In 2018, the Arthritis Foundation launched its Live Yes! Connect pilot program for parents of children living with juvenile arthritis and other childhood rheumatic disease. In addition to providing emotional and social support, the program offers educational resources and seminars to help parents improve the quality of life for their children. Jessica Ward, whose 11-year-old daughter Mercy was diagnosed with JA at age 4, is the sole parent facilitator for the JA parent group in Columbus, Ohio. We chatted with her to hear her insights about the parent group, including benefits, future plans and the best ways to get involved. Continue reading Live Yes! Connect for JA Parents: Q&A with Jessica Ward, JA Parent Facilitator
Join us at the externally-led JIA Patient-Focused Drug Development meeting
We are hosting, along with our partner, the Childhood Arthritis and Rheumatology Research Alliance (CARRA), the Juvenile Idiopathic Arthritis Patient-Focused Drug Development (PFDD) meeting. This meeting, driven by our patients and caregivers, will provide the U.S. Food and Drug Administration (FDA) and industry personnel with input directly from you on how this disease affects your life, your experiences with current treatments, and the need for newer and better treatments.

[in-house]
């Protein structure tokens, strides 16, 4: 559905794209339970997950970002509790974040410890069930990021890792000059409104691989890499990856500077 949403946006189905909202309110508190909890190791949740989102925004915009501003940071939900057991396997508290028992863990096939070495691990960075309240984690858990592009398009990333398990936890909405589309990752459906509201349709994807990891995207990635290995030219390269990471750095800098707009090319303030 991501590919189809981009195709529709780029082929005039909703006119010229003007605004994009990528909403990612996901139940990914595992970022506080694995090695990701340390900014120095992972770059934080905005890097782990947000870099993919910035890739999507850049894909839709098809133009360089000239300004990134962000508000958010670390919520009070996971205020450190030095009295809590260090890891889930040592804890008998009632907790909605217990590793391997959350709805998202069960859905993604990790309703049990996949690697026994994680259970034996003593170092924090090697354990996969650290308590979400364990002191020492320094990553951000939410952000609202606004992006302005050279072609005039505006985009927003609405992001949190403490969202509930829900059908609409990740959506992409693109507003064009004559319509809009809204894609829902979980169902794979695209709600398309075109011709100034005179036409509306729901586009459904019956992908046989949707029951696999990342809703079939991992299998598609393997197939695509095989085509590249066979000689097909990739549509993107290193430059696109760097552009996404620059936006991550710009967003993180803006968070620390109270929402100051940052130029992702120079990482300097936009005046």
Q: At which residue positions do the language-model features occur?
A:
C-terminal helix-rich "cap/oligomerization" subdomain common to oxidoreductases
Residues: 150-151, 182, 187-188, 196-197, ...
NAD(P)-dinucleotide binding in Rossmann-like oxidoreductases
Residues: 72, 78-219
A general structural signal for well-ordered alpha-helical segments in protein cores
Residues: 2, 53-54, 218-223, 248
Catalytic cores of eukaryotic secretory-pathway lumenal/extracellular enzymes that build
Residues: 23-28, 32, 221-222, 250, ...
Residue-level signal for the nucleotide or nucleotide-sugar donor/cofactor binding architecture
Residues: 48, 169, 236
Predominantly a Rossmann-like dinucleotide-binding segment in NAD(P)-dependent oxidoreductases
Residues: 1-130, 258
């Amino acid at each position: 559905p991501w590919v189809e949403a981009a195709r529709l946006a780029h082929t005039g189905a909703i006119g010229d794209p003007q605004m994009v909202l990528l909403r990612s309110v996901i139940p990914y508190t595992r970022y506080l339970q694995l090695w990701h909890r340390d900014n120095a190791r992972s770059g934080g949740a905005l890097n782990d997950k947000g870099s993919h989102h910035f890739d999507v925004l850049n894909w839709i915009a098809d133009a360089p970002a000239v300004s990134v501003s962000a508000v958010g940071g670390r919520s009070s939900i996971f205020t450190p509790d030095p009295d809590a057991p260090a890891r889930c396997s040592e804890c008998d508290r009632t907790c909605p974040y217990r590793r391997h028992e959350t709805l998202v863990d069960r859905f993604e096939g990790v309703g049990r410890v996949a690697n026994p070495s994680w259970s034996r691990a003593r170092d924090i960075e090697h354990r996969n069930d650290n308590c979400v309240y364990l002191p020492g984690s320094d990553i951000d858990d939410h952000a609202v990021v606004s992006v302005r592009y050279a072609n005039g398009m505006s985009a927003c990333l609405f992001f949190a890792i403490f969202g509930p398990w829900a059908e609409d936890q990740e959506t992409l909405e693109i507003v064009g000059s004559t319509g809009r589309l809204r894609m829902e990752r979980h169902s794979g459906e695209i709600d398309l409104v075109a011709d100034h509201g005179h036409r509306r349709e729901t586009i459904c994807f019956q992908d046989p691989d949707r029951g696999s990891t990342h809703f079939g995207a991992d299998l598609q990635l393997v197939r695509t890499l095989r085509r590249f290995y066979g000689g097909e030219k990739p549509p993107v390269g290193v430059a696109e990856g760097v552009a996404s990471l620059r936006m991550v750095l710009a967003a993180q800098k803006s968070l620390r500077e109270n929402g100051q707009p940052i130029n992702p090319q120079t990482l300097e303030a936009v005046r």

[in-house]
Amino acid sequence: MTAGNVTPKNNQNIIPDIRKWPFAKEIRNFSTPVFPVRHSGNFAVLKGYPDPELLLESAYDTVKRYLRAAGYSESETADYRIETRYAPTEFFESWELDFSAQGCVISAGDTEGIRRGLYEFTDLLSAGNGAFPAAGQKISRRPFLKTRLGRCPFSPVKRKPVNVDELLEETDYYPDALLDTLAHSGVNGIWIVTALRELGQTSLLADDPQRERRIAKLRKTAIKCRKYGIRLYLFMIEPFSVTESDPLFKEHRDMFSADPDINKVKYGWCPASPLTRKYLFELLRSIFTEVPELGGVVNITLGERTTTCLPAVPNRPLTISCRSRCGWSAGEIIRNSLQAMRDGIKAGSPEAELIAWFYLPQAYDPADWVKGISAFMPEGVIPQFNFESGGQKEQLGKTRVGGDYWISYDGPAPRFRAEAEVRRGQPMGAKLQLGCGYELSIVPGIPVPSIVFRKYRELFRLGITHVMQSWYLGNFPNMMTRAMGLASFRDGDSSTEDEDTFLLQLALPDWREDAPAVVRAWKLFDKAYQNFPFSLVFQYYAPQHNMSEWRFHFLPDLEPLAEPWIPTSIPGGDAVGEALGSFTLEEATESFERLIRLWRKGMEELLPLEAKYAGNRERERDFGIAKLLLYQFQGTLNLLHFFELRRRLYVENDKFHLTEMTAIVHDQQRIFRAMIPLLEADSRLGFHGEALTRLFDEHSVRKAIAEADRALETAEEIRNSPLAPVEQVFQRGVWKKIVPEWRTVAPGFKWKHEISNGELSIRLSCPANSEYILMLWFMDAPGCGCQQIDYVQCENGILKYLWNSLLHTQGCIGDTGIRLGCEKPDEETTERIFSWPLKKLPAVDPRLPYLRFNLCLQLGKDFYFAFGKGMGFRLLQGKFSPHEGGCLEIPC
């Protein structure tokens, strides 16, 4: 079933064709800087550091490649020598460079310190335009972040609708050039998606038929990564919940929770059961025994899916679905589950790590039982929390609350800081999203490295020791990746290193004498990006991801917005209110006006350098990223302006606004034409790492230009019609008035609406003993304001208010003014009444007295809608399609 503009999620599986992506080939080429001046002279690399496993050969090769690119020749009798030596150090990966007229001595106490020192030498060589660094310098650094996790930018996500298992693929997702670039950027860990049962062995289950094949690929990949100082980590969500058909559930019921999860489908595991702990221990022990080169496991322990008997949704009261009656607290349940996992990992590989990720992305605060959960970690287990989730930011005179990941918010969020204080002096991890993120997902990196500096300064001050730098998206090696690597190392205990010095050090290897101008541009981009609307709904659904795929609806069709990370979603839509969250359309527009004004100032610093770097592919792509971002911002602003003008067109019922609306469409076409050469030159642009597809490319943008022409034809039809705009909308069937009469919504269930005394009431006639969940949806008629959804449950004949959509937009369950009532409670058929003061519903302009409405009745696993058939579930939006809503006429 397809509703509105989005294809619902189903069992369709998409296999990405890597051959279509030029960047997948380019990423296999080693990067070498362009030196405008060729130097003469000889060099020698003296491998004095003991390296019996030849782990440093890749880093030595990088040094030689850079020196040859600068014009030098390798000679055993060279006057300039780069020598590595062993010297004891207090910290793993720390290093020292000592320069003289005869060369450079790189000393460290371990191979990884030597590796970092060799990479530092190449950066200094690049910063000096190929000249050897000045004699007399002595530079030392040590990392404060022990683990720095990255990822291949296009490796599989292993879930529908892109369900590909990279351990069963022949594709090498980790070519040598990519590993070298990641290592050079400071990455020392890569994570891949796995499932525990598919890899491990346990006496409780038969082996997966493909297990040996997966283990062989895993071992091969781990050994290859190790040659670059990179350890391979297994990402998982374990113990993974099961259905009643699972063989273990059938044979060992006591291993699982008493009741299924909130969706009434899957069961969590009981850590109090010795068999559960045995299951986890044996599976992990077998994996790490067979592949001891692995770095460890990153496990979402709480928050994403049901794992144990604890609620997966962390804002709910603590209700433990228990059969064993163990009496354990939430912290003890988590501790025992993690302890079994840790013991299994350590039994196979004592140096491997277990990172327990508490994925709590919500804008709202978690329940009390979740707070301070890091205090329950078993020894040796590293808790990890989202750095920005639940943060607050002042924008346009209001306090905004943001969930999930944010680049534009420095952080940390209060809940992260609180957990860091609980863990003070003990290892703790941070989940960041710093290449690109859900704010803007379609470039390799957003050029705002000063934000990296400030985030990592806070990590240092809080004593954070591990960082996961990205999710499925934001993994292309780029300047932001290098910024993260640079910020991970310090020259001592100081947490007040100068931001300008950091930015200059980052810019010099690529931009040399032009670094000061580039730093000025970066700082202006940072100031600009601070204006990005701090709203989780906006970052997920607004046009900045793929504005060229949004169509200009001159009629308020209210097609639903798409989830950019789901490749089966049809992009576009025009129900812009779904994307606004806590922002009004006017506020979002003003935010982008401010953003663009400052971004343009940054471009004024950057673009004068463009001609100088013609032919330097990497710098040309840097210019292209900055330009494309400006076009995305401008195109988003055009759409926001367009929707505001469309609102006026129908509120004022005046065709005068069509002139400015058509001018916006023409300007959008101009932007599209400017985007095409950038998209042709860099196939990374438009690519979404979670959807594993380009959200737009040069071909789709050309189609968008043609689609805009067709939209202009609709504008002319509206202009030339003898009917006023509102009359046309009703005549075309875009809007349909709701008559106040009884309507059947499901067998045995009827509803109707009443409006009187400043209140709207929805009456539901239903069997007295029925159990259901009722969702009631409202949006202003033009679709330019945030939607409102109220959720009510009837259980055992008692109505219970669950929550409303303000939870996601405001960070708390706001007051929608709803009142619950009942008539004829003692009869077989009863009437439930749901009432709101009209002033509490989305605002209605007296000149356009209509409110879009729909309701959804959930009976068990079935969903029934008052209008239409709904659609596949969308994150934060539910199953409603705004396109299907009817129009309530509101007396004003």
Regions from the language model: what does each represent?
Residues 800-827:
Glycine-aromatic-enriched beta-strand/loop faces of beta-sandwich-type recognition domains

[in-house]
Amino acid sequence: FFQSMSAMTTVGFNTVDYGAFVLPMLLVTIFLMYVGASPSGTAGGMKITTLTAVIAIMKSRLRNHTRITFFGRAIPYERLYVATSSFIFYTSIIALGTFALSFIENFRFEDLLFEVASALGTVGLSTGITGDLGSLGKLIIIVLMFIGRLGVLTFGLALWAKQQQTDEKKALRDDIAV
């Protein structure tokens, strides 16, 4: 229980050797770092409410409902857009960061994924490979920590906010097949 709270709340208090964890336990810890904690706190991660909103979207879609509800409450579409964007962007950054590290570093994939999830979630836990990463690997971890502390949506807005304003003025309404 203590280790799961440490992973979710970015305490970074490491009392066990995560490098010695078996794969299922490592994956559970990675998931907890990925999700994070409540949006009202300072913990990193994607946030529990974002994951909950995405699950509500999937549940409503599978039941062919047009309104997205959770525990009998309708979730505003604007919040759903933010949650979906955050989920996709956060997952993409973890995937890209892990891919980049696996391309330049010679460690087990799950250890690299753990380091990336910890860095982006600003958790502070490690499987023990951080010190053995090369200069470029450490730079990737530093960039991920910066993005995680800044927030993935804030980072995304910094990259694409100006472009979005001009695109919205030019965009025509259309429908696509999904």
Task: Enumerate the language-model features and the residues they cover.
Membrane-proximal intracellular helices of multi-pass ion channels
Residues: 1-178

The Arthritis Foundation is funding a new program to help support the Childhood Arthritis and Rheumatology Research Alliance (CARRA) and the CARRA Registry (registry). Eight sites were selected to receive funding to support the salary of a dedicated registry research coordinator for one year. Until now, some sites have been short-handed for this important research position.
Researchers collect information through studies on many pediatric patients with rheumatic diseases over time and store it in the registry. Research coordinators play a critical role in making sure research studies run smoothly. Those supported by this program will:
Now, more than ever, we need you to become involved with research about your disease. Without the participation of patients and parents, research cannot advance toward a cure.
Specifically, in Juvenile Arthritis (JA), parents and patients play a critical role in research – you are experts when it comes to the issues that are important to you or your child’s health and daily quality of life.
Dr. Timothy Beukelman, a pediatric rheumatologist, has been looking at the safety of a group of drugs that are successfully used to treat children with juvenile idiopathic arthritis (JIA). One of his current research projects, called “Tumor Necrosis Factor (TNF) Inhibitors and the Risk of Malignancy in the Treatment of JIA”, was presented at the 2016 ACR conference in Washington, DC.
Continue reading Pediatric Rheumatologist & Researcher Dr. Timothy Beukelman Evaluates Cancer Risk for JIA Patients Taking TNF Inhibitors